University of Pittsburgh

All plenary sessions will be presented in Alumni Hall’s 7th floor lecture hall.

Mellon Lecture
A Molecular Arms Race: The Immune System versus HIV
11:00 a.m., Friday, 9 October

Pamela J. Björkman, PhD
Max Delbrück Professor of Biology
California Institute of Technology
Investigator, Howard Hughes Medical Institute

Pamela J. Björkman, PhD, is a noted researcher of the three-dimensional structures of immune system proteins. She studies protein structures, their functions, and their interactions with other proteins.

With the help of a synchrotron particle accelerator in Germany, Björkman used X-ray crystallography to determine the 3D structure of a major histocompatibility complex (MHC) protein, HLA-A2, which signals to T lymphocytes whether a cell is healthy or virally infected. She and colleagues found antigen in the binding site of HLA-A2 despite the fact that the protein came from uninfected cells. This finding, which took place during her postgraduate and postdoctoral studies, explains why T cells sometimes mistakenly recognize a self molecule as a foreign antigen, contributing to autoimmune disease.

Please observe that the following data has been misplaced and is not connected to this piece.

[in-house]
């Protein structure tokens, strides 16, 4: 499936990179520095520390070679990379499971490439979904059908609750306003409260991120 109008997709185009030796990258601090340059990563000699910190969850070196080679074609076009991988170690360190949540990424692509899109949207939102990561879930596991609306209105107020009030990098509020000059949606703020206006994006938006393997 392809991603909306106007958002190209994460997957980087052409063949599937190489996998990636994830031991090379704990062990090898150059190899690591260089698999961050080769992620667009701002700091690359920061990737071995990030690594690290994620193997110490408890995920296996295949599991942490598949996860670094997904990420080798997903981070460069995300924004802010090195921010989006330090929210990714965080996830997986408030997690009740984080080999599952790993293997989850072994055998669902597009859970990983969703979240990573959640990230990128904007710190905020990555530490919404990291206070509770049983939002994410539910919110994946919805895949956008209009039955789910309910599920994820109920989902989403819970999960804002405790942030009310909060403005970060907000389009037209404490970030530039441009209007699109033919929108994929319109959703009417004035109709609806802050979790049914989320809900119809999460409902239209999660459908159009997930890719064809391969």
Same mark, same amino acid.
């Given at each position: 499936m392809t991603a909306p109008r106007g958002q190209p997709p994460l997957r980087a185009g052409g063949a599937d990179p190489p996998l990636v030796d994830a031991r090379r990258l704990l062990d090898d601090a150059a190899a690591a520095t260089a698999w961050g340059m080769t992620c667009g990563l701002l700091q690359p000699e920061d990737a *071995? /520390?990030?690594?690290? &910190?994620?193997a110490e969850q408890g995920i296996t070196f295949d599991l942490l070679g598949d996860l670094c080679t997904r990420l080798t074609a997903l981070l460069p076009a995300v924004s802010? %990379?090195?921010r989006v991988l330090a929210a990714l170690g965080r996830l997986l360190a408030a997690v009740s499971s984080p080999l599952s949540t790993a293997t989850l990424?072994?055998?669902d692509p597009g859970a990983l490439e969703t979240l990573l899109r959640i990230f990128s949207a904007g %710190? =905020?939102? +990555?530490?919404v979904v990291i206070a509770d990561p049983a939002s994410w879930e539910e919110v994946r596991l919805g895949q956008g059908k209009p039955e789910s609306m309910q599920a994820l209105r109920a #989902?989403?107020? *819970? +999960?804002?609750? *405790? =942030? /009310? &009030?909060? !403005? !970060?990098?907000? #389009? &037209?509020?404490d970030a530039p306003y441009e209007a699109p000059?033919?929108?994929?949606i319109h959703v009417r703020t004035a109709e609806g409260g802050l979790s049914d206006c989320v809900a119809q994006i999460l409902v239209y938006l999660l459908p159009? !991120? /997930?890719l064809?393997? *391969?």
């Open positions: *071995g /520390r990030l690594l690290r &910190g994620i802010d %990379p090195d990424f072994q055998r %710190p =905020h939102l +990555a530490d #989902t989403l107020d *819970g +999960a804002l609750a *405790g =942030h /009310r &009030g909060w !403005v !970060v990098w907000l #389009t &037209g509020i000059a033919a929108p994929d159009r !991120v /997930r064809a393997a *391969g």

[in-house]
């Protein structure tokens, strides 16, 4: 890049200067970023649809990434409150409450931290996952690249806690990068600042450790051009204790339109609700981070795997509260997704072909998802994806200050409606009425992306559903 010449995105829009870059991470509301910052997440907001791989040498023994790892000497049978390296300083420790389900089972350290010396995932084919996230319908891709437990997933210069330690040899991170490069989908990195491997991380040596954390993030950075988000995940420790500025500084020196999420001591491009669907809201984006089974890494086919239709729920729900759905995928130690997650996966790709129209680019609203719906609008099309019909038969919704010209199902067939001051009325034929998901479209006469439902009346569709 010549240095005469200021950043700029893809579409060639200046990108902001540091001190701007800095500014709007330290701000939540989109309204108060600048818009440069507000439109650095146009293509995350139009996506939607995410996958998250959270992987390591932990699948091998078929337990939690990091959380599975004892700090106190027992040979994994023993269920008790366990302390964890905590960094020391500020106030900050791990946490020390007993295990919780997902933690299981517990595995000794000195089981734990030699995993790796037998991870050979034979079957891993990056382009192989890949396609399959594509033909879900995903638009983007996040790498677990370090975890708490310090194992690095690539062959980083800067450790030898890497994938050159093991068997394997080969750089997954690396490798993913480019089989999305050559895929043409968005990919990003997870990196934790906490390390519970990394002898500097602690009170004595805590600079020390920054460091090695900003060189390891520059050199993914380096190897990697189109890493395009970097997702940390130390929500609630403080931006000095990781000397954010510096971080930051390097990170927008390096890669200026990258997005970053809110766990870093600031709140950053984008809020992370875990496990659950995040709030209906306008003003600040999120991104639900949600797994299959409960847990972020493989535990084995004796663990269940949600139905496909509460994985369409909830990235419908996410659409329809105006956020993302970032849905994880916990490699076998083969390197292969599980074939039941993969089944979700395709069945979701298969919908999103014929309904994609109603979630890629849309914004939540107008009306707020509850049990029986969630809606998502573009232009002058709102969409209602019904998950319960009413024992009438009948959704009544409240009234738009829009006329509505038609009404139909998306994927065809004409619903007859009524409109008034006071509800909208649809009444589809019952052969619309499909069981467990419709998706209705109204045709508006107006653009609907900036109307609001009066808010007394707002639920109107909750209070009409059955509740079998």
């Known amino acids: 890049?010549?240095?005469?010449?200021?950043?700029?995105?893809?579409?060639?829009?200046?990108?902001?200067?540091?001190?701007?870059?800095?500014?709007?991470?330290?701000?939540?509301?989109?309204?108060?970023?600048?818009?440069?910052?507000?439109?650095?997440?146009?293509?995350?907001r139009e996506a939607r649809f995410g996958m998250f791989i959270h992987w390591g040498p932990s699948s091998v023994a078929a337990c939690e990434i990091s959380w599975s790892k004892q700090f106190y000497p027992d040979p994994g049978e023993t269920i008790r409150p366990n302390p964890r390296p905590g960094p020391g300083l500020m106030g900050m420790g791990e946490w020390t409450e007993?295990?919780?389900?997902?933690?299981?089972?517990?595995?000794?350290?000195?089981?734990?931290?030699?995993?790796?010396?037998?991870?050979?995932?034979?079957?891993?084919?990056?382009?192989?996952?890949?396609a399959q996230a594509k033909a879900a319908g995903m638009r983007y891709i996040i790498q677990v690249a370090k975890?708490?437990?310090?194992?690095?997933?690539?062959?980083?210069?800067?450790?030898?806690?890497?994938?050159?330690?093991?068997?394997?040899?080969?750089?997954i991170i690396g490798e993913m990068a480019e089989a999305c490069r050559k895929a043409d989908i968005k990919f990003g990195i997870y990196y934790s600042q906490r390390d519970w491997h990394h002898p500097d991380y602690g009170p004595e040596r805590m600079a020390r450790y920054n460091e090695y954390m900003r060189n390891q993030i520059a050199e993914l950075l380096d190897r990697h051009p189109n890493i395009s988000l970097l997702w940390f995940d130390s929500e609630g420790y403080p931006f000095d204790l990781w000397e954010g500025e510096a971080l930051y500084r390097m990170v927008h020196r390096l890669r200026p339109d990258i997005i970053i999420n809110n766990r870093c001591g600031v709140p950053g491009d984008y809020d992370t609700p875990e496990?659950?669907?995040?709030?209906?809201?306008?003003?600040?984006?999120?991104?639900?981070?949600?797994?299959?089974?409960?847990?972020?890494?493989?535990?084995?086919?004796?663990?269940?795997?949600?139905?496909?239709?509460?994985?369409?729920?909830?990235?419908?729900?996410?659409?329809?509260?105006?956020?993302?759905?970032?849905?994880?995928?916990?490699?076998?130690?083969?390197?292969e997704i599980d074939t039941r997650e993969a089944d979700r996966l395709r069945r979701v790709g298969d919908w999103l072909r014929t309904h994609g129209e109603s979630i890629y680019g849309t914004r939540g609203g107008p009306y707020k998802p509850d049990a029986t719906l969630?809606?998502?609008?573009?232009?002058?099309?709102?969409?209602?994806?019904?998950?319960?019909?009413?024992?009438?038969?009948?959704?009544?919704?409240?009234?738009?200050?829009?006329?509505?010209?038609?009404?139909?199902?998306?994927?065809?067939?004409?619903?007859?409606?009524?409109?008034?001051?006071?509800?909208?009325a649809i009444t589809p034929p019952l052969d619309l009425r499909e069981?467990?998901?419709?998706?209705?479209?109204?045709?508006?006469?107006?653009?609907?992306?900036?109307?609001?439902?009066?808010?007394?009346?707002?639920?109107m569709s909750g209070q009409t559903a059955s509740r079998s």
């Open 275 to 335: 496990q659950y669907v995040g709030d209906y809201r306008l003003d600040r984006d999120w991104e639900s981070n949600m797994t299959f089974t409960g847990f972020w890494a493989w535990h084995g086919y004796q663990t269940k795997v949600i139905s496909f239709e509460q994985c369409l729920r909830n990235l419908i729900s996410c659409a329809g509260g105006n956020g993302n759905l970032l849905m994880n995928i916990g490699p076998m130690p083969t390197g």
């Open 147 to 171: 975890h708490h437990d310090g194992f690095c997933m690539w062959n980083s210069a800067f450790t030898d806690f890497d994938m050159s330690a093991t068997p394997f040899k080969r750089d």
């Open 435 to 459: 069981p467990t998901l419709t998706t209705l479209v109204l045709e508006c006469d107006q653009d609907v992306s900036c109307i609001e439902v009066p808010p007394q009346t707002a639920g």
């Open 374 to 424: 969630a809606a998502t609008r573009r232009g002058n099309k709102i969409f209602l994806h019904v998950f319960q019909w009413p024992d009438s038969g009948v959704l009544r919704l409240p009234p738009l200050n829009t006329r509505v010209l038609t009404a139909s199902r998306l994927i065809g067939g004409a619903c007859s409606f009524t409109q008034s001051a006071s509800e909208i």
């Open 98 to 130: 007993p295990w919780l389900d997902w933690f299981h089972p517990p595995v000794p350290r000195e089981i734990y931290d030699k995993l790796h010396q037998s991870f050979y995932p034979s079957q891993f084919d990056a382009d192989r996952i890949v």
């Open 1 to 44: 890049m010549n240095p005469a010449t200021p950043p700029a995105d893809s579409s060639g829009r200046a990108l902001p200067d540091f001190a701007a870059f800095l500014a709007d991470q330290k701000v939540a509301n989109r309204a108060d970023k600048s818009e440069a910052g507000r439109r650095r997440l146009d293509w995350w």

After establishing a lab at the California Institute of Technology in 1989, Björkman continued to explore the structural mechanisms of MHC proteins, as well as the therapeutic uses of antibodies and their receptors. Her lab has solved the structure of more than 50 proteins and complexes. She has found several proteins that share amino acid sequences and 3D conformations with MHC proteins but are not immune-system related. After researching viral proteins similar to MHC molecules, she and fellow researchers are currently working to construct antibody-like reagents to combat HIV.     

Björkman received her BA degree in chemistry from the University of Oregon and her PhD in biochemistry from Harvard University. She conducted postdoctoral research at Harvard in the lab of Don C. Wiley, PhD, and at Stanford University in the lab of Mark Davis, PhD.

Björkman received the 2006 L’Oreal-UNESCO Women in Science award. She is a member of the National Academy of Sciences and a fellow of the American Academy of Arts and Sciences.